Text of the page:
Staunton, March 31 – Vladimir Pastukhov, a Russian historian based in London, says that he is not inclined to overestimate the political importance of the protests that have broken out over the Kemerovo tragedy or the problems of trash disposal in Moscow oblast because Russians’ consciousness remains split between the social and the political.
That is, he said on the “Personally Yours” program of Ekho Moskvy yesterday, Russians are “today prepared for social and humanitarian protests against injustice” but they are not “ready to draw far-reaching political conclusions” or combine with others (echo.msk.ru/programs/personalnovash/2173542-echo/
“Sooner or later,” of course, “some spark will appear and these two consciousnesses will be combined into one.” But there is no reason to think that “this will occur soon or that the spark will jump from the fire in Kemerovo,” Pastukhov continues. For the two to come together will require “some special event.”Members of “’the Putin majority’” are engaged in protests in Kemerovo and Volokolamsk, but these are not risings “against the system.” Rather they are extremely specific in their targets and even explicitly non-political in their manner and goals. And “like peasant uprisings, they will for a very long time remain local,” isolated and thus not a threat for the regime.
Pastukhov says that he was most surprised by the fact that an official in Kemerovo appealed to Putin as “’comrade president,’” an indication of how out of date such people are. They are clearly living in the past and can’t even imagine the nature of the world in which people are living today.
There are two distinct kinds of reasons behind the Kemerovo fire, the Russian historian continues. On the one hand, people everywhere try to save money and cut corners, especially if they can get officials to go along with them. But on the other, the Putin regime and especially those at the top bear responsibility for what has happened.
That is because the regime has “tried to create ‘the ninth wonder of the world,’ a special Russian-style legal order in which a small group of people can do anything they want and violate any law and in which everyone else must live strictly according to the law.” That isn’t possible because those below will inevitably be infected by the attitudes of those above them.
There is yet another aspect to this, Pastukhov continues. Over the last 18 months, the Kremlin has tried to reconstruct the Russian system. “It has been trying to introduce ‘Stalinism without Stalinism,’ that is, it has continued to be absolutely loyal to its favorites.” But at the same time, it wants to be “merciless” in its attacks on everyday corruption.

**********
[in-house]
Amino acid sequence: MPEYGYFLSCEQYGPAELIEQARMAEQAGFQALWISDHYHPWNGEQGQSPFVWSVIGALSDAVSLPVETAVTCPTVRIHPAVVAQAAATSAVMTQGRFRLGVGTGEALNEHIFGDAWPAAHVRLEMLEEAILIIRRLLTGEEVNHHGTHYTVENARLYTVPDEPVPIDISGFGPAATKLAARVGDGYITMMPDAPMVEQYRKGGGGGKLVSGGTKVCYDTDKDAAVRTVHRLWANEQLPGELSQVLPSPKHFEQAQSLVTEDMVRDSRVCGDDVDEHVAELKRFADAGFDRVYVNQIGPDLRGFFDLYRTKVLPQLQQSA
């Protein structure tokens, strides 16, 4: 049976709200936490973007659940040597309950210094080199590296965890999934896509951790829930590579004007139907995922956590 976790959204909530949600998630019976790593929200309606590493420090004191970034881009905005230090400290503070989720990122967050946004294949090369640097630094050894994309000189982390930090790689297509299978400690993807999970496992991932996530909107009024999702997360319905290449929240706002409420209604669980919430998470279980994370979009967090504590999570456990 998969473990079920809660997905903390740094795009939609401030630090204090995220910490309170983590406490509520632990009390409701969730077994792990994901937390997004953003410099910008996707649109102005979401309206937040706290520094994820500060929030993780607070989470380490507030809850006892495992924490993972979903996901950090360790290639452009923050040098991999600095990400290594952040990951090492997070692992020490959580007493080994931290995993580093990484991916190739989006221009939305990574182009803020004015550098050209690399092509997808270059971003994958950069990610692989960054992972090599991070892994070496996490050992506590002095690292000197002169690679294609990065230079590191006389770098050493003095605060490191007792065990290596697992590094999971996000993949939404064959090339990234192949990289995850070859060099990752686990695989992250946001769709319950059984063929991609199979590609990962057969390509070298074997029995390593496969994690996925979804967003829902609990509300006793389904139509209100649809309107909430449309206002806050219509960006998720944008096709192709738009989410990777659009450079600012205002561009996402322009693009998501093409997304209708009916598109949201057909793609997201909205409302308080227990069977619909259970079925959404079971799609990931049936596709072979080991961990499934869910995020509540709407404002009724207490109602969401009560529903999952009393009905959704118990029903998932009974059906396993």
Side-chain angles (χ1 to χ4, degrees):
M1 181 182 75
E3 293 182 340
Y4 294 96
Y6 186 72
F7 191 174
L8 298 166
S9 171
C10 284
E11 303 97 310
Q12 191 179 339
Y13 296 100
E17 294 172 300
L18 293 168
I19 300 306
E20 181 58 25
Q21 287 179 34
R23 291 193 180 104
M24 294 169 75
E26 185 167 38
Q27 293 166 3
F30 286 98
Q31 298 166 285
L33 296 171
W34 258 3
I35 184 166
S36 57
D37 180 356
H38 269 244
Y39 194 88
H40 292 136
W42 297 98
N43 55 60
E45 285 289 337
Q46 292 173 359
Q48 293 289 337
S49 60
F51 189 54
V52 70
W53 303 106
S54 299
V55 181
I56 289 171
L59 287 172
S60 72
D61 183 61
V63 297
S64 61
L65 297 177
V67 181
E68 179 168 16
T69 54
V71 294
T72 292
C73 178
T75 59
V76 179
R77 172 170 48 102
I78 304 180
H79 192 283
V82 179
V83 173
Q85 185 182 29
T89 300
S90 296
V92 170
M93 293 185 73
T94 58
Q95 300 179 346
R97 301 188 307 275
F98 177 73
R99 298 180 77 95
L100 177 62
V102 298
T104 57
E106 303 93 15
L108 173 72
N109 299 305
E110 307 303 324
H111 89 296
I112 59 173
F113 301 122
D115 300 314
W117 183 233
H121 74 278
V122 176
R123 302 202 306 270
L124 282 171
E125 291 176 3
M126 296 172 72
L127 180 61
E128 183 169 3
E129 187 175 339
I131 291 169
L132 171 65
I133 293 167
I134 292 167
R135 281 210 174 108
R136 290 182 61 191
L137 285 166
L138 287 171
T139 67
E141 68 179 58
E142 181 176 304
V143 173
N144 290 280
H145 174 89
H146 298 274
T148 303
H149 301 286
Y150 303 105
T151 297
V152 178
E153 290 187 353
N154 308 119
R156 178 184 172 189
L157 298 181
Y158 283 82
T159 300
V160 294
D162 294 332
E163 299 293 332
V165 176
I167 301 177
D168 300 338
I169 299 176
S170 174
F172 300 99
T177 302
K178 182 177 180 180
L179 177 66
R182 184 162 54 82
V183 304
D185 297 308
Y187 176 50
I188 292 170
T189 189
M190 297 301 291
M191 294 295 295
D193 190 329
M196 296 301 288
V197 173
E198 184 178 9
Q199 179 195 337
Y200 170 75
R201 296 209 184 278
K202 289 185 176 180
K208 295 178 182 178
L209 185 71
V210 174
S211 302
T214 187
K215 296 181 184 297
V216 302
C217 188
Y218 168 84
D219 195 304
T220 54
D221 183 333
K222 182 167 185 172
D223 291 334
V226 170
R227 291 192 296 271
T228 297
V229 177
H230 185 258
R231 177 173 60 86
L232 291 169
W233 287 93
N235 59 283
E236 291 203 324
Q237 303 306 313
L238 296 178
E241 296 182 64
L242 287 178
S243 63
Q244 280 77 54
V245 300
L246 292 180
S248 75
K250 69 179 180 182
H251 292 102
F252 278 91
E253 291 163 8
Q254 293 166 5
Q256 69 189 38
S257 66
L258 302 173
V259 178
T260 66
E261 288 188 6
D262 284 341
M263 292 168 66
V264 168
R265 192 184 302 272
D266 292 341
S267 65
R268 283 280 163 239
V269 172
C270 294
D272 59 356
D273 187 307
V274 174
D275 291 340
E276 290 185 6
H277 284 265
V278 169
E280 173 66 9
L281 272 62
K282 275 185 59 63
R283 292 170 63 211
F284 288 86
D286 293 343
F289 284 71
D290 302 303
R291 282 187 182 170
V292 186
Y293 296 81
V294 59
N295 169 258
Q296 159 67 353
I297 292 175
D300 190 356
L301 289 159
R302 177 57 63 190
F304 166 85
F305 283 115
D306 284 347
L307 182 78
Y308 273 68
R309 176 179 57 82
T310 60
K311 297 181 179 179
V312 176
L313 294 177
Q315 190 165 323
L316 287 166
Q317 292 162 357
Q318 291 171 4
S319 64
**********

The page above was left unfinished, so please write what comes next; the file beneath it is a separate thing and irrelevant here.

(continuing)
That isn’t sustainable either, the historian says. But its shortcomings are most in evidence at a time of crisis like the one following the Kemerovo fire. Putin’s system is based on “hypocrisy” because “that is one of the system-forming elements of the Russian mentality” on which he can rely.
One must understand, Pastukhov says, that “people are tied to the television not because they believe it … They are because there exists an algorithm of loyal behavior which has been set in stone by centuries of adaptation” to the Russian powers first under serfdom and then under the demands of the Soviet state.
But Russians experience what people in the West call “’a panic attack’” when the gap between what the television shows them and what they see with their own eyes. Unfortunately, neither most Russians nor Putin and his team are yet capable of viewing themselves from the outside and so they have not developed “the critical consciousness” others have.
That shortcoming, Pastukhov says, limits their ability to organize and Putin’s ability to respond to changing circumstances and change direction. Putin came to power with his own agenda, but now he is trapped by those he has installed around him, limiting his ability to deal with how much has changed.
In sum, the historian argues, Putin “is a hostage of this stratum; and he cannot pursue any other course beside the one which this stratum finds suitable to itself.” Only when large numbers of this stratum change their views will he change; and “from that point we are still quite far removed.”
Turning to foreign policy, Pastukhov says that the threat of global war is now greater than at any point in the last 60 years but that “only part” of the reasons for that “are connected with Russia, including having an elite that relies on force and bluffs to get its way with other governments and to maintain itself in power.
But there is a third reason which is the most worrisome of all, the Russian historian says; and it is this: US President Donald Trump has far more power than his Russian counterpart, but he shares with Putin the mentality of a risk taker and “adventurist.” Moreover, both leaders believe that there is no other acceptable position besides their own.
That is a recipe for disaster; and it is compounded by the fact that Western countries are far from united when it comes to Russia. Liberals there support democracy and “therefore they don’t accept the policies of the Kremlin.” But business leaders and some in the bureaucracy view Putin “simply as a hero and an ideal.
“Some of these simply want to make money – they are the majority,” Pastukhov says. Some simply want to avoid getting involved in anything they don’t believe will directly affect them personally. And some see in Putin and his system the kind of leader and arrangements they would like in their own countries.